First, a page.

The Coccinellidae, or lady beetles, are mainly considered beneficial, with about 90% of the species feeding on primarily aphids, scale insects, whiteflies, mealy bugs, and mites (Iperti 1999). Thus, they are important biological control agents of such arthropod pests (Obrycki and Kring 1998). Other species of lady beetles feed on fungi or plants. Some of the species that feed on plants are considered pests.
There are approximately 6,000 species of Coccinellidae worldwide (Vandenberg 2002), and about 500 species in North America north of Mexico (Gordon 1985, Vandenberg 2002).
Regional lists of lady beetles:
Coccinellids in Decline?!?
Some species of coccinellids seem to be less abundant than they were previously in North America, including Coccinella novemnotata (ninespotted lady beetle), Coccinella transversoguttata richardsoni (transverse lady beetle), and Adalia bipunctata (twospotted lady beetle). If you find one of these 3 species in South Dakota or neighboring states, please let me know (WANTED POSTER - PDF). Populations of Hippodamia convergens (convergent lady beetle) have also declined in the northeastern United States. Sometimes, these species in decline are referred to as "Lost Lady Beetles."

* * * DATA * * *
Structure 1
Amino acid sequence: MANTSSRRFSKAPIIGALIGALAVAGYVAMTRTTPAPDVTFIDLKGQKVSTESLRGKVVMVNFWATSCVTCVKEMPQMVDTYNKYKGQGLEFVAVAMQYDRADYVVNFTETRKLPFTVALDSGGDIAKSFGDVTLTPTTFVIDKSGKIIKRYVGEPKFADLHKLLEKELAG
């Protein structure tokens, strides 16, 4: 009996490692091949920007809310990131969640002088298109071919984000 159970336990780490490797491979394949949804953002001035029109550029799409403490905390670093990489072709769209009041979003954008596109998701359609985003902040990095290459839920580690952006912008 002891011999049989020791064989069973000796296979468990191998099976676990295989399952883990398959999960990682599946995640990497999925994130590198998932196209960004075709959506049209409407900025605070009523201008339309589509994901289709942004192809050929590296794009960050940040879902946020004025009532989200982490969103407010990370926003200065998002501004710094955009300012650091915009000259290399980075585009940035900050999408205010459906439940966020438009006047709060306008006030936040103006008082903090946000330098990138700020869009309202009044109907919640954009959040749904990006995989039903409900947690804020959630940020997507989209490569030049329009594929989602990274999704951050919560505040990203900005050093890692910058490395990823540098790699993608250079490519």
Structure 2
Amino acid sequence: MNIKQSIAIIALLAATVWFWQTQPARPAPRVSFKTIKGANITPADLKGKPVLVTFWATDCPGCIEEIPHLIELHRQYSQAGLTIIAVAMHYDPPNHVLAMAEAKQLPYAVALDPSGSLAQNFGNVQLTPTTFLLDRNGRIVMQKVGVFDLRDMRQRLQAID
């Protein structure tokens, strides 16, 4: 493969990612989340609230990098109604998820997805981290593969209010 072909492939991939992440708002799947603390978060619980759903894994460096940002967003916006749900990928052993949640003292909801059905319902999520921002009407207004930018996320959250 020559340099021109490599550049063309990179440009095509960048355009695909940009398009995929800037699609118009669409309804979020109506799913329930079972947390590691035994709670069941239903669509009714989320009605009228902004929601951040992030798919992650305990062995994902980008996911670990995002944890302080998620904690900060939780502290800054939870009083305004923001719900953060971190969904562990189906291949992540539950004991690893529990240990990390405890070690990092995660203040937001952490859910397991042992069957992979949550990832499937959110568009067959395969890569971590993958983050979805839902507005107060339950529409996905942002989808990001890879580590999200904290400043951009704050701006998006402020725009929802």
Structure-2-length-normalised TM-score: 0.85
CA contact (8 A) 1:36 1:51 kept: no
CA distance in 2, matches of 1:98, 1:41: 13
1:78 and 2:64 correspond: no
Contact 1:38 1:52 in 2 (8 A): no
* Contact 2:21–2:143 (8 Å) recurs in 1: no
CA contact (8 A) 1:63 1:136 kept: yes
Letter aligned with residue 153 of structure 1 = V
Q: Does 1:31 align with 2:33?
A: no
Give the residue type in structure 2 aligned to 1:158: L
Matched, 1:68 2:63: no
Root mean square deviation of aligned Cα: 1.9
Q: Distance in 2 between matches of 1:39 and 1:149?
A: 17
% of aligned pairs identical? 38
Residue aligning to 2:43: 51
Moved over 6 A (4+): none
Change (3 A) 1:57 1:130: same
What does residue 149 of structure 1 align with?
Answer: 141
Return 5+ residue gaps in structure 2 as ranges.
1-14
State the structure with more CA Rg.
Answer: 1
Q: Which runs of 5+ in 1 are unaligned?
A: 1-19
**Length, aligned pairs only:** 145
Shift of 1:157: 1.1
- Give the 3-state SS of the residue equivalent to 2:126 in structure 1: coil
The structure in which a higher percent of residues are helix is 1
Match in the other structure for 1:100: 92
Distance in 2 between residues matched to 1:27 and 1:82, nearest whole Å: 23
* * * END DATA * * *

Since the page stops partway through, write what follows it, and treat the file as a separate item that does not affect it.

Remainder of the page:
The Lost Ladybug Project* was developed to search for declining species, and it relies heavily on citizen scientists to spot lady beetles throughout North America. Funding for the LLP has come from the National Science Foundation
The user-friendly address for this website is: /npa/coccinellidae
This site designed and maintained by Louis Hesler, North Central Agricultural Research Laboratory, USDA-ARS, 2923 Medary Avenue, Brookings, SD, USA, 57006. Phone +1 605-693-5228; E-mail: email@example.com. Visit this PDF link for a list of my interests and publications regarding the Coccinellidae.
* Denotes external link